Feldman: For better or worse, Kozma deserves this chance

Feldman: For better or worse, Kozma deserves this chance

Credit: Getty Images

JUPITER, FL - FEBRUARY 19: Pete Kozma #38 of the St. Louis Cardinals poses during photo day at Roger Dean Stadium on February 19, 2013 in Jupiter, Florida. (Photo by Mike Ehrmann/Getty Images)

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by Brian Feldman/BaseballStL

KMOV.com

Posted on March 6, 2013 at 9:44 AM

Updated Wednesday, Oct 30 at 9:14 PM

JUPITER, Fla. (BaseballSTL) -- For, oh, five years after getting drafted in the first round back in 2007, Pete Kozma's name has been synonymous with words such as laughingstock, draft bust and pretty much anything else you can think of with a negative connotation.

A .230 career minor league hitter will get that.

But in the best interest of competition, in the best interest of sport, one of the most unexplainable things deserves the right to be, well, even more unexplainable.

How Pete Kozma has turned from .230 minor league hitter to - at times - legitimate big league shortstop is a phenomenon that no one truly understands.  Hitting .333 to finish the 2012 regular season in September and October?  Delivering some of the most crucial hits of the postseason to keep the team advancing?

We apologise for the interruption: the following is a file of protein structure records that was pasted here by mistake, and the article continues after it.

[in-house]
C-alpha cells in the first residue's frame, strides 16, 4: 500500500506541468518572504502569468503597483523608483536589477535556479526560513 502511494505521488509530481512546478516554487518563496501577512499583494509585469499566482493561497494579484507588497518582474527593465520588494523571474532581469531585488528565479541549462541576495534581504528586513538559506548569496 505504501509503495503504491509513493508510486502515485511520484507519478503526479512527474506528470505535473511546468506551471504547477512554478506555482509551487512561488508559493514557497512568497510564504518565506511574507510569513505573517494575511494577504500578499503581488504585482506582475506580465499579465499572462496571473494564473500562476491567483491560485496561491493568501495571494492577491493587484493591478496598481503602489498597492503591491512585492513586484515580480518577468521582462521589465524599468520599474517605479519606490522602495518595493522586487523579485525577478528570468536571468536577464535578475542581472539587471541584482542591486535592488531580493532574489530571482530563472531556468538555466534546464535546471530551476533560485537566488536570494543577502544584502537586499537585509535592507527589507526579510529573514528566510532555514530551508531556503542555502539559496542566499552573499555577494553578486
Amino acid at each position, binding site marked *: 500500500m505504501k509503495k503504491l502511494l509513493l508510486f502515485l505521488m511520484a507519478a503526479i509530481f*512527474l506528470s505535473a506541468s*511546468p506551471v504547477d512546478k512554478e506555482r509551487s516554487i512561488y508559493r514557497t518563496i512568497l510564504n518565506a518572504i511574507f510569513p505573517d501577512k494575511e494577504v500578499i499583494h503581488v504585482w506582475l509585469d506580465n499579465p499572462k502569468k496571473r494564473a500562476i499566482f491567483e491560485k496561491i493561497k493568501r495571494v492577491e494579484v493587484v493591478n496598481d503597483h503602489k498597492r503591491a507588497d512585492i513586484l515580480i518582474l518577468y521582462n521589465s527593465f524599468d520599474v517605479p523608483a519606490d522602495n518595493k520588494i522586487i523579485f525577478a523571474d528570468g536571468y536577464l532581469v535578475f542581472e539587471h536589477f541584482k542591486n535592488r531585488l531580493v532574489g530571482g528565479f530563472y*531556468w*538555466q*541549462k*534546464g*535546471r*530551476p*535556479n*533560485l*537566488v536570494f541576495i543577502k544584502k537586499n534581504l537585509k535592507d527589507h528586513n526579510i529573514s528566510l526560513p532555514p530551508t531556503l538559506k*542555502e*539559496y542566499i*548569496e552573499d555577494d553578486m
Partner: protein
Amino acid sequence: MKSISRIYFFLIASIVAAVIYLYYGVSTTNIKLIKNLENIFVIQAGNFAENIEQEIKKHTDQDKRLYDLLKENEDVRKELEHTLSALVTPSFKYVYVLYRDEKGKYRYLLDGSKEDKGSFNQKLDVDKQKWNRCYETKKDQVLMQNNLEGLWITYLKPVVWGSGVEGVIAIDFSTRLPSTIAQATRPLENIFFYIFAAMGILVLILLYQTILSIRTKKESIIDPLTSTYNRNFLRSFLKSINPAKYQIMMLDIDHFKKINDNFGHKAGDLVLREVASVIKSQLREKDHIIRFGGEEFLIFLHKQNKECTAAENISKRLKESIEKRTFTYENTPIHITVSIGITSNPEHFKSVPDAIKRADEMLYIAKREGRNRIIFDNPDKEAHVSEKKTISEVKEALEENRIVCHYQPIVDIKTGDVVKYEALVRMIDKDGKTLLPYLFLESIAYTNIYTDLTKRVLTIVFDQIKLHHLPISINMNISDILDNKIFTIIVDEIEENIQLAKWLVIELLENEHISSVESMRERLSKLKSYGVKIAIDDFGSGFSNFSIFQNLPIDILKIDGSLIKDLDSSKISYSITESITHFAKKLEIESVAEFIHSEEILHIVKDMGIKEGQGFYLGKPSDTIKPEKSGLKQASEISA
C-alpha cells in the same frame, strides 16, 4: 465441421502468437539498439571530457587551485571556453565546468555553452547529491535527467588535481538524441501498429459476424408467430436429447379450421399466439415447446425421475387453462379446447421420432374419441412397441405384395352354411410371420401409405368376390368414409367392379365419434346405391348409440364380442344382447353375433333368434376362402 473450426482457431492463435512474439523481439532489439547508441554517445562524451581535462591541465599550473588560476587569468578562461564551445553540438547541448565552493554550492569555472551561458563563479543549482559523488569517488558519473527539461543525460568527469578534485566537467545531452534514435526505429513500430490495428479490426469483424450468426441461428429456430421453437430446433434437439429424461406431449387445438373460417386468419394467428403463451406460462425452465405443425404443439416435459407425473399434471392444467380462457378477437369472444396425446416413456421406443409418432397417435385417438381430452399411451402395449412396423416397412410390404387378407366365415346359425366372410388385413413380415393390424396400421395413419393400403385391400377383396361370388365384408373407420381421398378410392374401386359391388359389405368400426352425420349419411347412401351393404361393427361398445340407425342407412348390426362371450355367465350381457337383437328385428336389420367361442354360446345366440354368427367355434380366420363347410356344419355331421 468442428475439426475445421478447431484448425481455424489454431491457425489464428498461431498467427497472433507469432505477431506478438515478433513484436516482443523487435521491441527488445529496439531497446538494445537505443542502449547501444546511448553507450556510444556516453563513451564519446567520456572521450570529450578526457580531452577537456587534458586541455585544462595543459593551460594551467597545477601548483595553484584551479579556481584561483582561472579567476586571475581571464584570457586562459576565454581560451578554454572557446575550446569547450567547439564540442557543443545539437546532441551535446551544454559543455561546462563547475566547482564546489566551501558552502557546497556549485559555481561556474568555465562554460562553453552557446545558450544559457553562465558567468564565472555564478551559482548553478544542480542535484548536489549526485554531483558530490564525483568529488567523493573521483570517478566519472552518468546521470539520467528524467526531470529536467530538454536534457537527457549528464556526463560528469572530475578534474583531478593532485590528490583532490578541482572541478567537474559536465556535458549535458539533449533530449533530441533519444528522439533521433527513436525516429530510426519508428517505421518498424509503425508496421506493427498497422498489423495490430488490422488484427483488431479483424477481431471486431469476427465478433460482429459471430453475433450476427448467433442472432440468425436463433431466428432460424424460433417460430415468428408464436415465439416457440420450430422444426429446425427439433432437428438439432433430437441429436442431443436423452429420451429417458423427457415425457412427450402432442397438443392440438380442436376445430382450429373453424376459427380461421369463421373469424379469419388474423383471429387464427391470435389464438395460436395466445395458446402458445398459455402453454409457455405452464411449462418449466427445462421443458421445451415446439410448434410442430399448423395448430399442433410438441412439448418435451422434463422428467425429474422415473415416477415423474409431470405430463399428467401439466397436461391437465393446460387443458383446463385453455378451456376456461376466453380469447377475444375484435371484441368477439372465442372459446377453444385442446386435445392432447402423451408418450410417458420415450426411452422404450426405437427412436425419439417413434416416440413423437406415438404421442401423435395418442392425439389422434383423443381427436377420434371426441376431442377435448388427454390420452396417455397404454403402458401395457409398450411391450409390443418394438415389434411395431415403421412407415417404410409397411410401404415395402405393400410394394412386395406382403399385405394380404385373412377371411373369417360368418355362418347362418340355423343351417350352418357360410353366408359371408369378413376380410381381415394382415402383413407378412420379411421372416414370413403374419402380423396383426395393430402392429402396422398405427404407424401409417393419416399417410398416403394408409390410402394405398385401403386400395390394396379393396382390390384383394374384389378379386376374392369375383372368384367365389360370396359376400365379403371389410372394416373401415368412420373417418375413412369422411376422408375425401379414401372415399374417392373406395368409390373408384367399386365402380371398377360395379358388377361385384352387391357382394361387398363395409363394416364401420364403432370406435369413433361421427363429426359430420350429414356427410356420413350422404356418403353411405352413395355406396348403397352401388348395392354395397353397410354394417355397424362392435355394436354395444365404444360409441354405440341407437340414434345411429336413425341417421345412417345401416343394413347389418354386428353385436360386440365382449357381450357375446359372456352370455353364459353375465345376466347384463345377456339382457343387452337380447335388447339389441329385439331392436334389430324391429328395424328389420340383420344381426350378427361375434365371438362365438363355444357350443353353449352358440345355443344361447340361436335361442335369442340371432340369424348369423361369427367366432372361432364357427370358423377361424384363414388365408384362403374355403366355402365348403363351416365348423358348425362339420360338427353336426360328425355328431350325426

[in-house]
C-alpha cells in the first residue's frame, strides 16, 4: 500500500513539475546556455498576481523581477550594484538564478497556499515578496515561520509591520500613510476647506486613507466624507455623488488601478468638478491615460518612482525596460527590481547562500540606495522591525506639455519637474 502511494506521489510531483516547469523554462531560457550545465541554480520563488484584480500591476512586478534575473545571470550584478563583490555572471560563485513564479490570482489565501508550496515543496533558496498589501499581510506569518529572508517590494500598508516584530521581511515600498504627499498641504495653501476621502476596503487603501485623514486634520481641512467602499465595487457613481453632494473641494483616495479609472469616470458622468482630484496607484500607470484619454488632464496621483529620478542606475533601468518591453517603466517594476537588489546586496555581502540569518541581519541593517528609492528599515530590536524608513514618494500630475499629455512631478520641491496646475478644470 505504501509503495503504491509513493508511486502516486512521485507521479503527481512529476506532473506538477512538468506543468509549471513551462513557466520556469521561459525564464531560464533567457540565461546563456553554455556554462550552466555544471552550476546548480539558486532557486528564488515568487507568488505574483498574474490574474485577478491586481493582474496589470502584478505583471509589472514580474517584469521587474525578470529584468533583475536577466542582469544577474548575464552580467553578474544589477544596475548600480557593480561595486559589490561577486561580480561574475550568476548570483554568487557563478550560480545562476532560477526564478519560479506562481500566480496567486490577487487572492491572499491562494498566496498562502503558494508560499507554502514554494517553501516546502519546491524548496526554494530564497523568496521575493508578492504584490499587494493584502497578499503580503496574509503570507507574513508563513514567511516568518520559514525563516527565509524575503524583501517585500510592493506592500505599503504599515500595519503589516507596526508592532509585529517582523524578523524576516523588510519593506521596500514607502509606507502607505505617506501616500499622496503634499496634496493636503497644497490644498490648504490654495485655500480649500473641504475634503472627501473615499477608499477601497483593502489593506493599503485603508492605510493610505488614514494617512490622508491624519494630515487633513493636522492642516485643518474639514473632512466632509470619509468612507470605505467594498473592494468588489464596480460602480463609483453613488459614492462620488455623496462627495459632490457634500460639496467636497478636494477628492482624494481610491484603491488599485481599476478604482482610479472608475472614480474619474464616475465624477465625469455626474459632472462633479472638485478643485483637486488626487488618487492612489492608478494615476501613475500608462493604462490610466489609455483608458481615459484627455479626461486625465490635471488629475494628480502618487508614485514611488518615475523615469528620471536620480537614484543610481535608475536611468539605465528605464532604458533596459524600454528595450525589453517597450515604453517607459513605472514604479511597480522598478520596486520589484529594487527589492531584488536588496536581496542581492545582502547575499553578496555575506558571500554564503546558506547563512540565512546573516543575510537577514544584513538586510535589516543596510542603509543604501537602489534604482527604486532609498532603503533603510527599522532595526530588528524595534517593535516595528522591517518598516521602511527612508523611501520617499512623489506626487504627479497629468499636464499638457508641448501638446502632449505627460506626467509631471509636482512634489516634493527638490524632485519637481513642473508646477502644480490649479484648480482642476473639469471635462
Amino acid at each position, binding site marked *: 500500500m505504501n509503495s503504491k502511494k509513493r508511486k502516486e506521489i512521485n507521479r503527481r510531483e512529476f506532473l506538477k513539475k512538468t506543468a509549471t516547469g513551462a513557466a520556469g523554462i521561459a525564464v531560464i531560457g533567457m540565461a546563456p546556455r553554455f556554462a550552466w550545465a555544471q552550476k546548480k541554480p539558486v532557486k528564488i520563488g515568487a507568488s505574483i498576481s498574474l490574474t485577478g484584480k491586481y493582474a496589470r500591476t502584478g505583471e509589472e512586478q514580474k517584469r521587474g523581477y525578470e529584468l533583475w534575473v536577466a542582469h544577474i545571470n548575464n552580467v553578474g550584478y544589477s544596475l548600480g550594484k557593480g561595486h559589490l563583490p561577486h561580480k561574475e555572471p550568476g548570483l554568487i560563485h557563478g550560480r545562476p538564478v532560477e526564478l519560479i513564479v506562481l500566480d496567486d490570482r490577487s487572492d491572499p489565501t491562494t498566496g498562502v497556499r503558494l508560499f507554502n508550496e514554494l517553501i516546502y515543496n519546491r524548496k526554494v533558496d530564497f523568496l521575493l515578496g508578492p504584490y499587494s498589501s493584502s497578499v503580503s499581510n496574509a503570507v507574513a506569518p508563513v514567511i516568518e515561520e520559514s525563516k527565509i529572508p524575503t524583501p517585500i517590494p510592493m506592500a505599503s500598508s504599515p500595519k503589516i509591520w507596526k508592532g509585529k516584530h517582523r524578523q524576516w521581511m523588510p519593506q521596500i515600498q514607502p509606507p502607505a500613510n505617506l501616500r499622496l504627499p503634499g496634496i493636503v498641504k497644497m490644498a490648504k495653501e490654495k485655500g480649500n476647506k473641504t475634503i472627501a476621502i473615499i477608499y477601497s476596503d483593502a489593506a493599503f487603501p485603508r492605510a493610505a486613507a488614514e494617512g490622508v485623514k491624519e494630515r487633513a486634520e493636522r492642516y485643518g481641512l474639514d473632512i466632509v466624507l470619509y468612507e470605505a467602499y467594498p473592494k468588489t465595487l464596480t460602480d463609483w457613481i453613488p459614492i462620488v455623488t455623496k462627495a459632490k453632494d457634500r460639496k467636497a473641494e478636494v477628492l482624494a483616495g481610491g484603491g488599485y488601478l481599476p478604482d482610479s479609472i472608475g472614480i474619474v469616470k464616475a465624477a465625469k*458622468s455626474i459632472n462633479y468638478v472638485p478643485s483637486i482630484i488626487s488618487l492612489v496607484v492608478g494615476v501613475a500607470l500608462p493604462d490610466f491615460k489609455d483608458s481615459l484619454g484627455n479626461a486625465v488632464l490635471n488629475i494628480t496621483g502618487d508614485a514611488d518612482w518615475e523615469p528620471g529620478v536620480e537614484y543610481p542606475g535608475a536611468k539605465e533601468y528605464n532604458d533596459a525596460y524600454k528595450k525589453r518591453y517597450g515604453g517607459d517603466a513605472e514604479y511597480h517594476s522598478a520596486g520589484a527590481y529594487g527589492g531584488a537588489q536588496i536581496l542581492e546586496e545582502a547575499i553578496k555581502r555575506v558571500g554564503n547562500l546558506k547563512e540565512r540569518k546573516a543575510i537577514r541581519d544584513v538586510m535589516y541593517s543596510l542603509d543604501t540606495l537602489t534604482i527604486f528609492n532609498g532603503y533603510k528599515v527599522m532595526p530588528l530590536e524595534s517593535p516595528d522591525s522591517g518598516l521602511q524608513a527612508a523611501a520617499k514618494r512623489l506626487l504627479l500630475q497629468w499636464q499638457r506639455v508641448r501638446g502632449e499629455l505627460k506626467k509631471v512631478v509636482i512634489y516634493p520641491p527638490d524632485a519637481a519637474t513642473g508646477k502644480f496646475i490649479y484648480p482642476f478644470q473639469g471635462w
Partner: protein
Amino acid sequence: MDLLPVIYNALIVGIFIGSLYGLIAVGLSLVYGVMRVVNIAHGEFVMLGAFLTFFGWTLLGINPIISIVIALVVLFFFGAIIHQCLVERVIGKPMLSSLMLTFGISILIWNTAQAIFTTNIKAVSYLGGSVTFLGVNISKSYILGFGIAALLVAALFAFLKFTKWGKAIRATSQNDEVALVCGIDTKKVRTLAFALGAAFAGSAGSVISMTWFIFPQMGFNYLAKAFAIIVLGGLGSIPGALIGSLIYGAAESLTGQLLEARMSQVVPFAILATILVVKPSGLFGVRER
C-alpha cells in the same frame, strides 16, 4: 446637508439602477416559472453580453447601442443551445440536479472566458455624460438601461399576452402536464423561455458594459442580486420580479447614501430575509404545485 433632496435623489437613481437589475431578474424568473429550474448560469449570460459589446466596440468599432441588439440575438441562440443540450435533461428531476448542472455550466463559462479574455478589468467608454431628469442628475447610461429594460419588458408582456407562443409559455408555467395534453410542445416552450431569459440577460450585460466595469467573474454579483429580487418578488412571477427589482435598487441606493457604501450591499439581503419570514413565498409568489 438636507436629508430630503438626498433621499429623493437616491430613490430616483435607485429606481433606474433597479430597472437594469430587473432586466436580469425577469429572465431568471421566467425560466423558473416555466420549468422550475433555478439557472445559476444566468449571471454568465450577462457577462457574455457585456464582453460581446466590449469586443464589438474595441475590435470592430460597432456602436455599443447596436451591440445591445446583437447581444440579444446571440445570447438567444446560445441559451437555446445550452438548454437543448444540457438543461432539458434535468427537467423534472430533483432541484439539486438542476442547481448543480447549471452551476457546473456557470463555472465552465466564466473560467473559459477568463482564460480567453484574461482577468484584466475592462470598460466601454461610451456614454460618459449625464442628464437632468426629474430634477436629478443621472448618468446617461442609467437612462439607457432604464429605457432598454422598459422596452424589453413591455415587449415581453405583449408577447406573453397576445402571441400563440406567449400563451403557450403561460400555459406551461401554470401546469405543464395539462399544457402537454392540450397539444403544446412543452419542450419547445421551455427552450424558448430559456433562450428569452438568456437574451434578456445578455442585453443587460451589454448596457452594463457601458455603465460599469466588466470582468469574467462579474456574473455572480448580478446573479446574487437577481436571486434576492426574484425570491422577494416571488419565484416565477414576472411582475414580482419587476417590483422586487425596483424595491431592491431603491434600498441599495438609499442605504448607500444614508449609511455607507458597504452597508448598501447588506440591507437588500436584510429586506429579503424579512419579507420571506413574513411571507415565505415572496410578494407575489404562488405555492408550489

It, in every since of the word, makes no sense.

Yet here we are in March 2013 and, once again, the Cards find themselves without Rafael Furcal due to injury.  And, once again, Pete Kozma finds himself atop the depth chart at shortstop.

"It's just another opportunity," Kozma says.

One that, frankly, he deserves.

Sports is about being the best.  And competing for the right to say you're the best.  What Pete Kozma did in September and October of last year, manager Mike Matheny believes he's earned the right to build on that.

"You'd be crazy not to take the information you have.  We've got big decisions to make," Matheny says. "We have to make sure we take everything into consideration.  To see what Pete did it would be a mistake on our part not to take that into account with the pressure that was on in that particular situation and how he came in and performed above and beyond what we thought he would do, that says a lot about him as a player."

What Kozma does with this newest opportunity is anyone's guess.  Would it really surprise anyone if he went back to being the same old .230 hitter he once was, committing more than 30 errors like he did in Springfield one year?

No.

But would it really surprise anyone if he used this new found success as a building block for the future?

History says that answer is a resounding no.

No one knows what is going to happen here.  GM John Mozeliak just might have to go out and part with some of these precious pitching prospects to get an everyday shortstop here for the long term.  He might not.

One thing we do know, however, is that Kozma has earned the right to help him make that decision with what he does on the field. 

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